BLiNC Magazine

Antenna Printable Version

This page is a chapter in 'BASE Wiki About BASE Jumping'

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Antenna (A) is the 2nd object of the B.A.S.E. Acronym. Please note each of the 4 main object types have their own special considerations and optimal wind conditions.

Antenna Objects are man-made structure typically used for communication purposes. They can range from very low at about 200 feet to very high at 2,000 feet.

Low towers are commonly used for mobile telephones and are often located in populated areas. The taller antennas are usually found further off the beaten path, and generally offer less chance of being seen and have much larger/better landing areas.

Two common considerations when choosing an antenna to jump, besides access and LZ, are guyed wires (object strike) and the type of antenna (due to radiation concerns).

'Freestanders' are any antennas that do not have support wires. The appealing attributes of these objects are: 1) no wires to avoid under canopy, 2) easier to climb because they lean in, and 3) some of them offer huge platforms on top for running exits. The down side of a freestander is they are always low, meaning slider-down/off and usually range from 190 to 500 feet.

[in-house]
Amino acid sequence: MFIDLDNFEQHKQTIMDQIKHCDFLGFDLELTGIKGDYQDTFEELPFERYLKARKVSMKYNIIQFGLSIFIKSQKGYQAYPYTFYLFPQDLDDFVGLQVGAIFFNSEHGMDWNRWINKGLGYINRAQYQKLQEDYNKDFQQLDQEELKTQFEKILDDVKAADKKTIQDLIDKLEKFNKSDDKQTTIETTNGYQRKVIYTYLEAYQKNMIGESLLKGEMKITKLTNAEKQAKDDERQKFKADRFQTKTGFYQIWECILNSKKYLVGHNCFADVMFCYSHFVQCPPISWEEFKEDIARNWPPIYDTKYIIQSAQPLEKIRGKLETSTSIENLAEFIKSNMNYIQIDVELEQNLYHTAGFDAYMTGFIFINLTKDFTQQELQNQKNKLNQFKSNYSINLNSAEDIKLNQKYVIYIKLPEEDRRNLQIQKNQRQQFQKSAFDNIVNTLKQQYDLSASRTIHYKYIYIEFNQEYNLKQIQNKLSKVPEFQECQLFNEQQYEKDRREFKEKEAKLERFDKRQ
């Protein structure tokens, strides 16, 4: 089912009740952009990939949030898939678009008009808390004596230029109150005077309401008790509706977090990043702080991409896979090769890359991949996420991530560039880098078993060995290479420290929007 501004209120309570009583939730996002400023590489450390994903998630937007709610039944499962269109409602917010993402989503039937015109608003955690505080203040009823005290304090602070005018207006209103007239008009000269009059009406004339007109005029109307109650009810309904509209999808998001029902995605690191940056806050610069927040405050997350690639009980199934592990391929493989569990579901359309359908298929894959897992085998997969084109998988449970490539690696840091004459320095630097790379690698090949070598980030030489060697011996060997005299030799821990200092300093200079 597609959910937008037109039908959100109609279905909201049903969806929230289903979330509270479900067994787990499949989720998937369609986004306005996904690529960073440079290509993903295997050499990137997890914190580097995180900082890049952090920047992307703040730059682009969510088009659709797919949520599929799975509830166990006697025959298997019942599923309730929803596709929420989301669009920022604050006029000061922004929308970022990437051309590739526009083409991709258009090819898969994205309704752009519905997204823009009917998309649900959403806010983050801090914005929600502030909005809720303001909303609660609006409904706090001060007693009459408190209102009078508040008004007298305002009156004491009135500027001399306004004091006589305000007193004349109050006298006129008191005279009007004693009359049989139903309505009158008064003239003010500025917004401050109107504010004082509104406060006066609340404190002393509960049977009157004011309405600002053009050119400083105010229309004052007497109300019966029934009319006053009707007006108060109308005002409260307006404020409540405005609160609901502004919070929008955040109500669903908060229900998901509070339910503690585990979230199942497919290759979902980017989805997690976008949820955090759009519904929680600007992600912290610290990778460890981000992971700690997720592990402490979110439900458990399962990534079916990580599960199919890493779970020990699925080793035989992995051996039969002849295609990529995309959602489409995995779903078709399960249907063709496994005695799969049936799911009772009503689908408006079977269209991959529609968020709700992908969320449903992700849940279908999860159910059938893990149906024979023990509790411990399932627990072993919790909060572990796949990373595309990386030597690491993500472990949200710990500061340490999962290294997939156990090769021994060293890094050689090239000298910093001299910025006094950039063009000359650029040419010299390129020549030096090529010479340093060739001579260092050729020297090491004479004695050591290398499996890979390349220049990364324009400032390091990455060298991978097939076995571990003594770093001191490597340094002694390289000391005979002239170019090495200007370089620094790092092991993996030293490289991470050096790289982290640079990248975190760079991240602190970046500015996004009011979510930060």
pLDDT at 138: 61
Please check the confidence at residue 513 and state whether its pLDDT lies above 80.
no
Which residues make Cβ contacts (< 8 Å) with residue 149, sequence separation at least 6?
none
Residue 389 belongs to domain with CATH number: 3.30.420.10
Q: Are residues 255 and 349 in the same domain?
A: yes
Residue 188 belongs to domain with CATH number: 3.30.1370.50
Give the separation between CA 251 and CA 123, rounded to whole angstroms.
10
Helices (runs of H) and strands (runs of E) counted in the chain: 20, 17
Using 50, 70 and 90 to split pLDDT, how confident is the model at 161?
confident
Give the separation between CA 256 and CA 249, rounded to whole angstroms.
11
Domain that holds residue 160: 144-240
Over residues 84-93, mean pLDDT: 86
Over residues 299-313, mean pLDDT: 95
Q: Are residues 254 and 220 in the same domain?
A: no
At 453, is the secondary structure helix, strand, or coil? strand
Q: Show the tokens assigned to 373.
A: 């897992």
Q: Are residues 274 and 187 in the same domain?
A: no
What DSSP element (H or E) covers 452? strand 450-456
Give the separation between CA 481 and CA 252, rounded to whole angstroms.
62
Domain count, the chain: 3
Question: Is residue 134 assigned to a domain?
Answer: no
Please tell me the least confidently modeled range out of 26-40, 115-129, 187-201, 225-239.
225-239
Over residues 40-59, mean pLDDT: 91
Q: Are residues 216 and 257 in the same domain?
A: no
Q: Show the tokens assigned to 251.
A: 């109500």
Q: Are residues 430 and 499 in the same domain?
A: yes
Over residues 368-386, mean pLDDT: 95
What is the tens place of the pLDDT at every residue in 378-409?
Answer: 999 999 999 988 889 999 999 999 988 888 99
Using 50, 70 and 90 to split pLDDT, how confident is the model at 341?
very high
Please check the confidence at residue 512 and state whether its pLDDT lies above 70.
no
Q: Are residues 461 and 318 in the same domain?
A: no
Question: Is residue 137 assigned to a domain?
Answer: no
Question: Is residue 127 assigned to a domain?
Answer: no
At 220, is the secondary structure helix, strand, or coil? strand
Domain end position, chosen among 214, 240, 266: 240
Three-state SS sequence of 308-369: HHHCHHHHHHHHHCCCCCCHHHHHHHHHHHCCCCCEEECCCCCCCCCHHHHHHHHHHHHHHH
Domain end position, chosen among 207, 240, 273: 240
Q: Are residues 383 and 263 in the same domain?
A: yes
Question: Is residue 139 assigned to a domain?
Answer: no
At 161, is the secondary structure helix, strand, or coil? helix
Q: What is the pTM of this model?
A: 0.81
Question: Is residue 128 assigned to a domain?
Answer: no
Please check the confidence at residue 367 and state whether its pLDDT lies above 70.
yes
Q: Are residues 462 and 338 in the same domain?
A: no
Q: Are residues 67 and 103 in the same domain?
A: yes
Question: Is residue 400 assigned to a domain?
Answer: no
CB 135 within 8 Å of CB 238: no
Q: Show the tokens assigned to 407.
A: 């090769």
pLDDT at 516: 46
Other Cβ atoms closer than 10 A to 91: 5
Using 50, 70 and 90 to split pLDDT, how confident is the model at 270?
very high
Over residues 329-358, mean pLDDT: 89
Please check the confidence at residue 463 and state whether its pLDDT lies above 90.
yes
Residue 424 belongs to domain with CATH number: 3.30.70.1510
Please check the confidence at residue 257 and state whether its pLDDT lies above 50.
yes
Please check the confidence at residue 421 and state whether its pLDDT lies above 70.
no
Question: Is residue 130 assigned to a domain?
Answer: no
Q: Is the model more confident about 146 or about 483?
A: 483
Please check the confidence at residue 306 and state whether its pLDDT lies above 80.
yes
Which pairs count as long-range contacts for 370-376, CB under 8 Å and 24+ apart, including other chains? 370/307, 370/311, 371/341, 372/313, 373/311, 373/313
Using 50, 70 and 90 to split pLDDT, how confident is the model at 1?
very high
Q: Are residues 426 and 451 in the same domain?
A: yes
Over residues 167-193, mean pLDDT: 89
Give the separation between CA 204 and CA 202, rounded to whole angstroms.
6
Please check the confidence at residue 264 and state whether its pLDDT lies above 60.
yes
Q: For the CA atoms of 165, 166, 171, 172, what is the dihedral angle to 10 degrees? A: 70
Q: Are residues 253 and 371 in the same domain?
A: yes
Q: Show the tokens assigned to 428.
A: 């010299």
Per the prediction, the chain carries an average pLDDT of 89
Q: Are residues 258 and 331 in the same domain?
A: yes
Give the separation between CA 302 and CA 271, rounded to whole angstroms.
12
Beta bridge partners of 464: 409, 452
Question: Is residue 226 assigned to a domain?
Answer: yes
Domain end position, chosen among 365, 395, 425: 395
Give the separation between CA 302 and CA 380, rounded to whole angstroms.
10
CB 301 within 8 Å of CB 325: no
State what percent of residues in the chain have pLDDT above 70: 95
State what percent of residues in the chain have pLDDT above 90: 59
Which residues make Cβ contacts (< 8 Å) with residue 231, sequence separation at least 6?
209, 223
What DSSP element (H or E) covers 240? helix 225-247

'Guyed' are any antennas that have support wires. They typically offer a jumper much more altitude but take longer to climb and often require a specific wind direction. The wires on a guyed antenna are usually organized into three groups making 3 distinct sides known as 'Sectors'. On a guyed antenna, the best wind conditions would be to have the wind cleanly bi-sect the sector with the best landing area. Occasionally an elevator can be used to reach the top which is a beautiful but rare thing.

Most jumpers agree that the optimal wind condition for any antenna (or crane) is a tailwind equal to the forward speed of your canopy that would make an object strike very unlikely, even with an off-heading deployment.

Heading performance on short delay slider-up deployment is not great, hence most jumpers prefer to avoid jumping from a guyed antenna with certain configurations.

Common antenna types include: AM, FM, TV, Cell, Communication, and dead. AM towers are very dangerous because the entire structure is transmitting, irradiating the jumper during the entire climb. The others types are relatively safe if you avoid the apparatuses that actually broadcast a signal. Never rest near a stinger, dome, horn, or array!!

The best type of antenna for the conservative jumper is one that is not broadcasting any signal. These will either be structures that are currently not in use or after their broadcast day has completed. To locate one of these gems do your research.

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